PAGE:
Pump up the Volume (1990) is decades newer than most of the films I review here. I do consider it deserving of modern classic status though. I wanted to write about it, because when I first saw it in the theater I expected it to make a bigger splash and influence more films like it. As it is, it has a solid cult following. Recently, I enjoyed revisiting it on a new Blu-ray release from Warner Archive.
My 80s/90s crush Christian Slater stars as the shy, lonely Mark, a high school student uprooted from the East coast to the West for his father’s career as an educational administrator. Unable to connect with anyone at school, he finds a way to speak out via his raunchy and high-spirited pirate radio show. The students at his school discover his late-night ramblings and embrace him because he speaks to their emotional malaise, members of what he calls an “exhausted decade.”
Having lived through this time as a teen, I did and still do relate to the blank feeling Pump up the Volume speaks to. It was a confused era for the young. Less politically aware than their parents and turned off by the consumerism of the eighties, these were the kids who listened to the rough and raw bands soon to be called grunge and learned about political injustice via the beats of Public Enemy, N.W.A., Iced T, and the like.
Pump up the Volume nails the awkwardness of being a teenager. How your words never seem to come out right or not at all. How you have a lot to offer, but no idea how to share it. How you rebel because you want control, though you don't fully know what you'd do with the power.
This was the first film Allen Moyle had directed since Times Square (1980), another movie that understood the awkwardness of not fitting in and the messy feeling of relationships when you are young. He would go on to direct what would become another cult youth favorite, Empire Records (1995). It’s a shame Moyle hasn’t made more films about the young, because he seems to have a good memory for how the confusion and disorder of growing up feels.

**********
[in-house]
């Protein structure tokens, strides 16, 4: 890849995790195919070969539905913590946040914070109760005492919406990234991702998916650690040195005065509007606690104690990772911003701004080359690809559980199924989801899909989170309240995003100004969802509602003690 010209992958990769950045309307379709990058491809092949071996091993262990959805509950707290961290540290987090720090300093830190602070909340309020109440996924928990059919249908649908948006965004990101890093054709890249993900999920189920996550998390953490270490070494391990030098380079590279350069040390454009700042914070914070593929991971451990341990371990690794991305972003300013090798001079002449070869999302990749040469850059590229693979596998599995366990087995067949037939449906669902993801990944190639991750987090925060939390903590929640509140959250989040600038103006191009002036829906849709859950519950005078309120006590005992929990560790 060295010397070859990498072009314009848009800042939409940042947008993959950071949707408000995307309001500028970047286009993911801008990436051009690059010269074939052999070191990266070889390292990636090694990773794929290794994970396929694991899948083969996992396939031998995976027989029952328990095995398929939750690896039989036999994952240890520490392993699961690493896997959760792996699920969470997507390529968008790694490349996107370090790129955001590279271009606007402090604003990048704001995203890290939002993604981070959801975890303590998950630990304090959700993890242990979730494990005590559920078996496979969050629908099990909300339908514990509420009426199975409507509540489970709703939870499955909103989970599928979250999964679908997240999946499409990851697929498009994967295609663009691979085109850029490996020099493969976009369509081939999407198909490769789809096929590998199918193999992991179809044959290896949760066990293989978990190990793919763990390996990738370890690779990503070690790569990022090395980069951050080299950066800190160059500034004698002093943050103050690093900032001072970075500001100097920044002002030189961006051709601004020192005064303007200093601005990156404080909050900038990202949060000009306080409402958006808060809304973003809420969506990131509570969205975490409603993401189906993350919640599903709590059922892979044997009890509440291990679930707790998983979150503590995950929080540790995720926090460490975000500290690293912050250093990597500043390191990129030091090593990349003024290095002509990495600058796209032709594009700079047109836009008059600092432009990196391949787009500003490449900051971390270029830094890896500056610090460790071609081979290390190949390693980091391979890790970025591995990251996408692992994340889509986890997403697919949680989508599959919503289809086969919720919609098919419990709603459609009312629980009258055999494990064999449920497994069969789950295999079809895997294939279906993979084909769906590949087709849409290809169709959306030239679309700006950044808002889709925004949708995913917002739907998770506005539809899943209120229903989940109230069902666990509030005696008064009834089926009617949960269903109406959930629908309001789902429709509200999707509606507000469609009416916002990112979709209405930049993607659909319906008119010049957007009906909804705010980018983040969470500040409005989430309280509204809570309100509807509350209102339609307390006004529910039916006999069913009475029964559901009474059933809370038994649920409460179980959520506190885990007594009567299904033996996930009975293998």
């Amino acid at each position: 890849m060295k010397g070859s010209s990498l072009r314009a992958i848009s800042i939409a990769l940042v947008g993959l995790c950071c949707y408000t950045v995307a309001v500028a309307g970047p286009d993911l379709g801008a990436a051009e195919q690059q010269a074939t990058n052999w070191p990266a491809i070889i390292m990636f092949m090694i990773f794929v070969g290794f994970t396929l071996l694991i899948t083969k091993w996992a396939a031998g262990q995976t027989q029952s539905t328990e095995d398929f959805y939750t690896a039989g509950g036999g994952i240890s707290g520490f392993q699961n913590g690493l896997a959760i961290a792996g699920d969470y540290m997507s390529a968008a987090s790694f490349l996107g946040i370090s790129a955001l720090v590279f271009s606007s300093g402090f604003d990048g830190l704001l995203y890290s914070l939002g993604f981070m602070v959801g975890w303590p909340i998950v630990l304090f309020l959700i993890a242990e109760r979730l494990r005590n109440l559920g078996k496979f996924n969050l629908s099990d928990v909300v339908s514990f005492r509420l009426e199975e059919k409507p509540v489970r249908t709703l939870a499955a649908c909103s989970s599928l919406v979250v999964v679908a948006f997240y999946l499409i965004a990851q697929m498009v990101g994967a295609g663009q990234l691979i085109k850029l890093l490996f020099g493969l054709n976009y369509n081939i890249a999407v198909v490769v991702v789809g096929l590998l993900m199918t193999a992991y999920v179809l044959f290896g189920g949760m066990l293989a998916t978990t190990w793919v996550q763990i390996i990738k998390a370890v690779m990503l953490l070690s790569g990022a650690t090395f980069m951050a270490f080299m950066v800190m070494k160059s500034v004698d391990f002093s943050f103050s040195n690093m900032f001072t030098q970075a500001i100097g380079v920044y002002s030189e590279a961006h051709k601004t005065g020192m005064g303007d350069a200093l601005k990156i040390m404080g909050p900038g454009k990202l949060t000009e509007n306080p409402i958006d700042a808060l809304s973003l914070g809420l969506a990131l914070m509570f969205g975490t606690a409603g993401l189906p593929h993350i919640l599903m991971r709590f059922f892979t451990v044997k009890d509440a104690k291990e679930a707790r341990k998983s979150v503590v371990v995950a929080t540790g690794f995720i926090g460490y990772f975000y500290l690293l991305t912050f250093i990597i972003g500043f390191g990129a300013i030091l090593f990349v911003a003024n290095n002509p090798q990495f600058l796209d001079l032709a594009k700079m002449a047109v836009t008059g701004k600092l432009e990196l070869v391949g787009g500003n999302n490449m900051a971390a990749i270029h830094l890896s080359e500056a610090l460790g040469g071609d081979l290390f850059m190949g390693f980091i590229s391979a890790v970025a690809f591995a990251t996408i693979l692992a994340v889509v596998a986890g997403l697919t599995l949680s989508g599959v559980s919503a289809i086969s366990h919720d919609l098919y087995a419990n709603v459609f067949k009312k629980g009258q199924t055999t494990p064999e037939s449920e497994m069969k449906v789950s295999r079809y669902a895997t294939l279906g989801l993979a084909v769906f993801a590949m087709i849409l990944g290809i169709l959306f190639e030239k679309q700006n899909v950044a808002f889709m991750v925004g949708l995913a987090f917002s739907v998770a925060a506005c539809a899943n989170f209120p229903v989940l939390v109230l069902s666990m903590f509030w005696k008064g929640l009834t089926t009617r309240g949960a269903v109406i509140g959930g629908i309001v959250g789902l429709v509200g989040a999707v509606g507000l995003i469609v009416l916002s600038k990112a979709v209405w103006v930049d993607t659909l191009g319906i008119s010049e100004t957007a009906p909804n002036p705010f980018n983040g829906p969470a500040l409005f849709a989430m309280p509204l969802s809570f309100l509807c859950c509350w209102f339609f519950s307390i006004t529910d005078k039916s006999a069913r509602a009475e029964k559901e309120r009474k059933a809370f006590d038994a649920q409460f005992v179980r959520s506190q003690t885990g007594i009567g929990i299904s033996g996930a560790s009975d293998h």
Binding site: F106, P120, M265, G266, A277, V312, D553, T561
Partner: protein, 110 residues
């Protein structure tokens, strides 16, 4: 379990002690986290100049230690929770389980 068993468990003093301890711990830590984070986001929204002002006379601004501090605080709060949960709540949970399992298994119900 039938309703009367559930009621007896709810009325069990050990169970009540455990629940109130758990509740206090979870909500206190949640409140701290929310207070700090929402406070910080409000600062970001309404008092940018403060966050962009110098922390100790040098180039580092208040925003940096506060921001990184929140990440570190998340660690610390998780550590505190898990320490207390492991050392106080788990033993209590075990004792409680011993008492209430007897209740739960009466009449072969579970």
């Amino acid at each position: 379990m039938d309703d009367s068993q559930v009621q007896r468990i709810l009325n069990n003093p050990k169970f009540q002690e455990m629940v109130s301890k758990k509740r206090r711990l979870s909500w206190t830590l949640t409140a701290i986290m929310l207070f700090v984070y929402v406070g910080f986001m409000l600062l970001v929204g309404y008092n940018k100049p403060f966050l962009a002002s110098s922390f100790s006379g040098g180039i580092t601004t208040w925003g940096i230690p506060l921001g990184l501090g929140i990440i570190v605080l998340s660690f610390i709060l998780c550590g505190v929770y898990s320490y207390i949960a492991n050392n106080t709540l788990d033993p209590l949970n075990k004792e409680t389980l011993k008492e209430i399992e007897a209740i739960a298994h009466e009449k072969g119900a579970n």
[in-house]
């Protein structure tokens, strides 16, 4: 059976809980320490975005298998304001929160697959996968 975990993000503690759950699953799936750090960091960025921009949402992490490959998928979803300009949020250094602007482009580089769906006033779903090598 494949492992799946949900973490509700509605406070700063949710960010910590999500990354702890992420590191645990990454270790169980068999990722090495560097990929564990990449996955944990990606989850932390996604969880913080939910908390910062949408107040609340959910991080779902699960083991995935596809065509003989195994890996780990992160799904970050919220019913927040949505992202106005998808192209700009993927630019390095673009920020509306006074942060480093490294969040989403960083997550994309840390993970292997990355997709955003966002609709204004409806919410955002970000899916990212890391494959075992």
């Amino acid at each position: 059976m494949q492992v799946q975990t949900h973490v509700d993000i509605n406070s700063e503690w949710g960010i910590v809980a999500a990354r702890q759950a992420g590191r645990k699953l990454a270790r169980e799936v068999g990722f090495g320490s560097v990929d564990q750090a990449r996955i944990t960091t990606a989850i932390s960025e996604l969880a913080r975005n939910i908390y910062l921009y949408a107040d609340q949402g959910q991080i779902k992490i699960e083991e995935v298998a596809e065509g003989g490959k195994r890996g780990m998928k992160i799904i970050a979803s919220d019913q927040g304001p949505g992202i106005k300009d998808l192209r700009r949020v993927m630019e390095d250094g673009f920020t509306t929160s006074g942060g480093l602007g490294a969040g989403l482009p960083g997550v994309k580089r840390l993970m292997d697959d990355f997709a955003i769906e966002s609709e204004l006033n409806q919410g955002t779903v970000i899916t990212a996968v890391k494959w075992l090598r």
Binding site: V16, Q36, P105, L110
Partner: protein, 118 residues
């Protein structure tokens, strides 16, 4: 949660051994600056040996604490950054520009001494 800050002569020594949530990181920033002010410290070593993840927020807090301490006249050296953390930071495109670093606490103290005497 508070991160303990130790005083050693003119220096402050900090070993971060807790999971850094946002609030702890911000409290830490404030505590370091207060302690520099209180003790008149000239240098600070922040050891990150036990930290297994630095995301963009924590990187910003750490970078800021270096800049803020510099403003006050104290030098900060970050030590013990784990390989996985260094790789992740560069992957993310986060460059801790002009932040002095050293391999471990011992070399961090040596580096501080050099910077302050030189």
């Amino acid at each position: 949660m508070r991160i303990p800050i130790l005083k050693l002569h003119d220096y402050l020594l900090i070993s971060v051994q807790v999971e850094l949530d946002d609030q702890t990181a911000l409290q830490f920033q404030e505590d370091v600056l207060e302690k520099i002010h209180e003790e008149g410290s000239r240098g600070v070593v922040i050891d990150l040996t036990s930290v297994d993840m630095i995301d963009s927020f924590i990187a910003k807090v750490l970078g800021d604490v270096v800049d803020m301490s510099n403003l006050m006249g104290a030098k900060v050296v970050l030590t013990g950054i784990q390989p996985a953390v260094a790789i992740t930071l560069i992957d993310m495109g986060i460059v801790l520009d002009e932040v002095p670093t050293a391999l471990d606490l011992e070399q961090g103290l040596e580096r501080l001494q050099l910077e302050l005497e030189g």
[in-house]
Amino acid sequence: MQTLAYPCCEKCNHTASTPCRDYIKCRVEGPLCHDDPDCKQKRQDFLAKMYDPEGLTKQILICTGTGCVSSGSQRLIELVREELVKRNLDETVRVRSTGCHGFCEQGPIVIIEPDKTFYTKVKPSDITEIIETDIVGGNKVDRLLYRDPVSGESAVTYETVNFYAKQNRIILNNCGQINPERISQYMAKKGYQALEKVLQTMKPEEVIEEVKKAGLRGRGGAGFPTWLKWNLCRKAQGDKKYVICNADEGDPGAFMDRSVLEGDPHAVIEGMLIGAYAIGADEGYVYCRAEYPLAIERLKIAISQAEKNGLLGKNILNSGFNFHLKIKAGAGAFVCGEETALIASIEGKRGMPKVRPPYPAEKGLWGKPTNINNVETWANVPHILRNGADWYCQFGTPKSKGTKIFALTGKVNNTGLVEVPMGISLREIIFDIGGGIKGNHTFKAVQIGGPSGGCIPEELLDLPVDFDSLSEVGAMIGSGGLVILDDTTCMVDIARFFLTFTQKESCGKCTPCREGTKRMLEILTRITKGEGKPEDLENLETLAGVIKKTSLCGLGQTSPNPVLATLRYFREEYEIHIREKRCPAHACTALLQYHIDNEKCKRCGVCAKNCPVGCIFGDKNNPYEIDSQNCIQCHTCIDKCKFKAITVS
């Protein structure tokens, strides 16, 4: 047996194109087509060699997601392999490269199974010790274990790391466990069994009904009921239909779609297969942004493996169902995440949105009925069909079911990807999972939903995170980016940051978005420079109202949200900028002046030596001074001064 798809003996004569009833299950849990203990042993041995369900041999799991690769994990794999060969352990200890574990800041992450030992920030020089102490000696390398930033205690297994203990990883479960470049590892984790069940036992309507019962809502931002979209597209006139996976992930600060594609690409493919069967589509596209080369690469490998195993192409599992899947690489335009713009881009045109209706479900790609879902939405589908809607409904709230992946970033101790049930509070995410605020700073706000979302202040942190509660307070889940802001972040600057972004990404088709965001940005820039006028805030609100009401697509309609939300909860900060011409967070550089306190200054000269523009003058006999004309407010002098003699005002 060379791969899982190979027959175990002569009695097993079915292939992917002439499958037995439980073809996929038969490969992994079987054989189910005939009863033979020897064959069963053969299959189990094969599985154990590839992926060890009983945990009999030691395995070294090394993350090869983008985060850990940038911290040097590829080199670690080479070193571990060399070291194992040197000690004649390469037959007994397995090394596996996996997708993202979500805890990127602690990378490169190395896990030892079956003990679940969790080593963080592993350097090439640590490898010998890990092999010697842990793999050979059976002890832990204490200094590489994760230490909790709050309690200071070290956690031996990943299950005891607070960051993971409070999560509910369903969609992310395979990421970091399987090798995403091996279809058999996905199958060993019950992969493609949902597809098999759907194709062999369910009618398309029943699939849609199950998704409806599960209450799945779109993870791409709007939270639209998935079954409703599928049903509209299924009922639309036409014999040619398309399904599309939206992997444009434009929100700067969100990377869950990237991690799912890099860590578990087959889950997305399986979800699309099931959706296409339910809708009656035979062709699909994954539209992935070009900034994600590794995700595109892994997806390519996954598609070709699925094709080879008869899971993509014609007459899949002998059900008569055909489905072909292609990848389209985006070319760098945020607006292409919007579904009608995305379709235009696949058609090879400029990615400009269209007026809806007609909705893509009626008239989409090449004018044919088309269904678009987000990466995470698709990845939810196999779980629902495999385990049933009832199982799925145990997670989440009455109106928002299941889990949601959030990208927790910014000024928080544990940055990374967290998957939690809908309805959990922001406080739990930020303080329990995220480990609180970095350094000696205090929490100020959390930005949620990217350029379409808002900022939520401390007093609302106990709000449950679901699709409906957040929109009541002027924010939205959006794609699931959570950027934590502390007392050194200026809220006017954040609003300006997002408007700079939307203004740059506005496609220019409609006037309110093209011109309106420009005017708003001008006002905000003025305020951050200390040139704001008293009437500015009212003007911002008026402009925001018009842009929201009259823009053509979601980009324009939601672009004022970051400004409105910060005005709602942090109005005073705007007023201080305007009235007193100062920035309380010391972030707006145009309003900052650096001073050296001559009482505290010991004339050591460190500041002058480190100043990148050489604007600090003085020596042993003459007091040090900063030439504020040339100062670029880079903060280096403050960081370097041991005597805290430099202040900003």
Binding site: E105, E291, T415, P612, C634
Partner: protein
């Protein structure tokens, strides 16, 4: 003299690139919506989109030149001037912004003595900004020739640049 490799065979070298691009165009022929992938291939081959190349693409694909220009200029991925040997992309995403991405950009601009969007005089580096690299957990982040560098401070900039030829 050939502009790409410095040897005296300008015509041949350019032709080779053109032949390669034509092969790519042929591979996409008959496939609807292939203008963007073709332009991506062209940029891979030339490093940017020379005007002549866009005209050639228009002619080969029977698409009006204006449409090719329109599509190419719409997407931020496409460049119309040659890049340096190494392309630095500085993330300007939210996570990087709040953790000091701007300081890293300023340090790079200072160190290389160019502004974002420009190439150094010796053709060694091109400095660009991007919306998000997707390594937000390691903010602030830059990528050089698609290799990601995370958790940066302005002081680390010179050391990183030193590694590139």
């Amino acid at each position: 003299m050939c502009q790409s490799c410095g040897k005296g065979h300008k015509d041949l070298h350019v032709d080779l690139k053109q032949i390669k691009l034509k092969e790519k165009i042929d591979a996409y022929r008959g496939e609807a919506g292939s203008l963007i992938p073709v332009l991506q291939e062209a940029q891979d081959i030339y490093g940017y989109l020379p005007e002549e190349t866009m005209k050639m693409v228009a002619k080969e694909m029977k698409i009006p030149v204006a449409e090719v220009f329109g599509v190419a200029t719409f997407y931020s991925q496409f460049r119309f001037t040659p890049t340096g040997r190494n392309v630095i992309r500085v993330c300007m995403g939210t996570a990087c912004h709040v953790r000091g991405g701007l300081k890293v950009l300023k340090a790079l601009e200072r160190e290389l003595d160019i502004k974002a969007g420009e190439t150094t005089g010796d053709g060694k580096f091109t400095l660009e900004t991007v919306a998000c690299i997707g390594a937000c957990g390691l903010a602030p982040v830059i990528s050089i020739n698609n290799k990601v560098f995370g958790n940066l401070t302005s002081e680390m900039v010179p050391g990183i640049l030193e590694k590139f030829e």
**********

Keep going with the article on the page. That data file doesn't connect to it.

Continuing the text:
When Pump up the Volume came out, I assumed it would inspire more films like it. It was raw, energetic, and empathetic in a way that directors like John Hughes could never tap. This was what teens were really like. Instead, there was a bit of a void in the teen market until lighter fare like She’s All That (1999) set a new template.
Now, for better or worse, anyone can have a voice on social media. You don’t need Mark’s short wave radio set to reach the masses. As chaotic as that can be, I think it’s for the best. So many of our problems as a society are due to those without power having a voice and that has demonstrably proven to be one of the great perks of having free, potentially far-reaching platforms online.
Of course, something that powerful is going to have significant drawbacks; the combination of freedom and the means to speak always do, but sometimes I think we forget how much it connects us. Instead of the one-way or occasionally two-way connections of Mark and his radio station, the exchange is faster, wider and in many ways more effective.
Pump up the Volume is most powerful when it speaks to the need of having a voice and even more importantly, being heard.
Many thanks to Warner Archive for providing a copy of the film for review. To order, visit The Warner Archive Collection .